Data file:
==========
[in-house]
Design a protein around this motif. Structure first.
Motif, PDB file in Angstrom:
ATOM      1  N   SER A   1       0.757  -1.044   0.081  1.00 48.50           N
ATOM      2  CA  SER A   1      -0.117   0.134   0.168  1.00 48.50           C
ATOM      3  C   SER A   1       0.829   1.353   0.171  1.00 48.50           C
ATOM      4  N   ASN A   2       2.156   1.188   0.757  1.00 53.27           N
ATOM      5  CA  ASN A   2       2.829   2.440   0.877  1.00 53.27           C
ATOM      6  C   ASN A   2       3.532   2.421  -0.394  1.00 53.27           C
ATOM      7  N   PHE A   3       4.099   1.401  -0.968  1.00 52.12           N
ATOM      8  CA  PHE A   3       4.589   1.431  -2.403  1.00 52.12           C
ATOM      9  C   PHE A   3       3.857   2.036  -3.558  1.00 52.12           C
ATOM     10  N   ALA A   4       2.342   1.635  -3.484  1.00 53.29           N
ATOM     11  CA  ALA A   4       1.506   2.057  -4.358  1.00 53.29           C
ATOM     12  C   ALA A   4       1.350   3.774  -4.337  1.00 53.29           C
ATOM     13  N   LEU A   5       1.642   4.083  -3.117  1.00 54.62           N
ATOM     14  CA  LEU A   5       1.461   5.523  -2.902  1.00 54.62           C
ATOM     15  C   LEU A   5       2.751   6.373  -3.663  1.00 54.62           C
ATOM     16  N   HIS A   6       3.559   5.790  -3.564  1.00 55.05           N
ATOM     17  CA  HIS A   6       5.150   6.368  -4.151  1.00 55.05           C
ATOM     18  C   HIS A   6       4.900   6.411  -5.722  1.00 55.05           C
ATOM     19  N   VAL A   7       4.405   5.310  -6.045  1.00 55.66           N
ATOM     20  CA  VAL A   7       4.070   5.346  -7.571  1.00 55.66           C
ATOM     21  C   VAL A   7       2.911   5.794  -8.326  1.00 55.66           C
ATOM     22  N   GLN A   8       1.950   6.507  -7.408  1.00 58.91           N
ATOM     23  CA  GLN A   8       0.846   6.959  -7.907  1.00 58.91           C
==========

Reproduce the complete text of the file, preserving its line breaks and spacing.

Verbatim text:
[in-house]
Design a protein around this motif. Structure first.
Motif, PDB file in Angstrom:
ATOM      1  N   SER A   1       0.757  -1.044   0.081  1.00 48.50           N
ATOM      2  CA  SER A   1      -0.117   0.134   0.168  1.00 48.50           C
ATOM      3  C   SER A   1       0.829   1.353   0.171  1.00 48.50           C
ATOM      4  N   ASN A   2       2.156   1.188   0.757  1.00 53.27           N
ATOM      5  CA  ASN A   2       2.829   2.440   0.877  1.00 53.27           C
ATOM      6  C   ASN A   2       3.532   2.421  -0.394  1.00 53.27           C
ATOM      7  N   PHE A   3       4.099   1.401  -0.968  1.00 52.12           N
ATOM      8  CA  PHE A   3       4.589   1.431  -2.403  1.00 52.12           C
ATOM      9  C   PHE A   3       3.857   2.036  -3.558  1.00 52.12           C
ATOM     10  N   ALA A   4       2.342   1.635  -3.484  1.00 53.29           N
ATOM     11  CA  ALA A   4       1.506   2.057  -4.358  1.00 53.29           C
ATOM     12  C   ALA A   4       1.350   3.774  -4.337  1.00 53.29           C
ATOM     13  N   LEU A   5       1.642   4.083  -3.117  1.00 54.62           N
ATOM     14  CA  LEU A   5       1.461   5.523  -2.902  1.00 54.62           C
ATOM     15  C   LEU A   5       2.751   6.373  -3.663  1.00 54.62           C
ATOM     16  N   HIS A   6       3.559   5.790  -3.564  1.00 55.05           N
ATOM     17  CA  HIS A   6       5.150   6.368  -4.151  1.00 55.05           C
ATOM     18  C   HIS A   6       4.900   6.411  -5.722  1.00 55.05           C
ATOM     19  N   VAL A   7       4.405   5.310  -6.045  1.00 55.66           N
ATOM     20  CA  VAL A   7       4.070   5.346  -7.571  1.00 55.66           C
ATOM     21  C   VAL A   7       2.911   5.794  -8.326  1.00 55.66           C
ATOM     22  N   GLN A   8       1.950   6.507  -7.408  1.00 58.91           N
ATOM     23  CA  GLN A   8       0.846   6.959  -7.907  1.00 58.91           C